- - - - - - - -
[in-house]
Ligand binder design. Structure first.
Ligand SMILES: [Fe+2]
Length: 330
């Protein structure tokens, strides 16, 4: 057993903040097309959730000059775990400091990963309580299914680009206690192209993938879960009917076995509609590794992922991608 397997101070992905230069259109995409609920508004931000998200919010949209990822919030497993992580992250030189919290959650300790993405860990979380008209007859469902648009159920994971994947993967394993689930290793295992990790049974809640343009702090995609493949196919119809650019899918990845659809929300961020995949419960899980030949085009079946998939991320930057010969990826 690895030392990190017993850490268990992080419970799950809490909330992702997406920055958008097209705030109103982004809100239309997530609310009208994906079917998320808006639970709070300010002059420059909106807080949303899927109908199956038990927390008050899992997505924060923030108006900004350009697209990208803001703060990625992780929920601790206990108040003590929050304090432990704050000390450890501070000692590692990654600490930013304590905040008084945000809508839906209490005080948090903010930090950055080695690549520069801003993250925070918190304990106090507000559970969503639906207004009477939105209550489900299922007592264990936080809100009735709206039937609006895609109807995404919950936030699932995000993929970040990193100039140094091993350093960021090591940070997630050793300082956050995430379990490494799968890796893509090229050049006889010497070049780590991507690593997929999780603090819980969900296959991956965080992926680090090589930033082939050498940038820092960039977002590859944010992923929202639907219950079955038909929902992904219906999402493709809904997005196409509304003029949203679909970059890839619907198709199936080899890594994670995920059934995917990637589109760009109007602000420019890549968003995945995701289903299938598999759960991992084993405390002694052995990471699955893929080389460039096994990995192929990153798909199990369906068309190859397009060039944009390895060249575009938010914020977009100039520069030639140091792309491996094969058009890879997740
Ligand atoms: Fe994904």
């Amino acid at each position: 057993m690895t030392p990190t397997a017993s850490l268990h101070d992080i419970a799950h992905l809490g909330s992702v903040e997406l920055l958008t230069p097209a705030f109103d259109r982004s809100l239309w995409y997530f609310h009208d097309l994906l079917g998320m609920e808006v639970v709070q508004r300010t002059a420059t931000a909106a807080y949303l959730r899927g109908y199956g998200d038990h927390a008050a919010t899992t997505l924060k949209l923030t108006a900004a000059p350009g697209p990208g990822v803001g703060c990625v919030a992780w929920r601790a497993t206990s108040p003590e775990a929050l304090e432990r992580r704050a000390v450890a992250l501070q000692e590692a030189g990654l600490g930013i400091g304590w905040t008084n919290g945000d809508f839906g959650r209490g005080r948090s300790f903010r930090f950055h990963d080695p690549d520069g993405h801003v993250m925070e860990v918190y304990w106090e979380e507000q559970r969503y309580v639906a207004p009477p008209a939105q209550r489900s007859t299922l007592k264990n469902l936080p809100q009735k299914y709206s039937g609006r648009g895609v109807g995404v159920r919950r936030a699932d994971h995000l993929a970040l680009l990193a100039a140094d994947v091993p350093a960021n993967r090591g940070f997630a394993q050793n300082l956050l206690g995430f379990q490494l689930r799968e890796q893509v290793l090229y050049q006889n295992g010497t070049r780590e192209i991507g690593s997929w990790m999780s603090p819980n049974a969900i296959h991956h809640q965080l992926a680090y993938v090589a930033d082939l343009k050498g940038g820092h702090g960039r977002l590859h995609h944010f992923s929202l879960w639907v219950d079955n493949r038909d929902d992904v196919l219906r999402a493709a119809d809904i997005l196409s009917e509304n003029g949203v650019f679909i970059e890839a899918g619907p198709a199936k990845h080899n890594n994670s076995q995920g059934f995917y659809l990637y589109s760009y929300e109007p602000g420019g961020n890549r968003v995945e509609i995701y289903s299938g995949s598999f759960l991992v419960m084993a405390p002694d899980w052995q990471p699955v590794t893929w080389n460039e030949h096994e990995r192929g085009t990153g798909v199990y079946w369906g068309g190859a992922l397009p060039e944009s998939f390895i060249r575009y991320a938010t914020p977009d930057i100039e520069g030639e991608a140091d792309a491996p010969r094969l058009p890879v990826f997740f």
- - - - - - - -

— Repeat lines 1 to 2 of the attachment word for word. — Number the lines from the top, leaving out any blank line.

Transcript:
[in-house]
Ligand binder design. Structure first.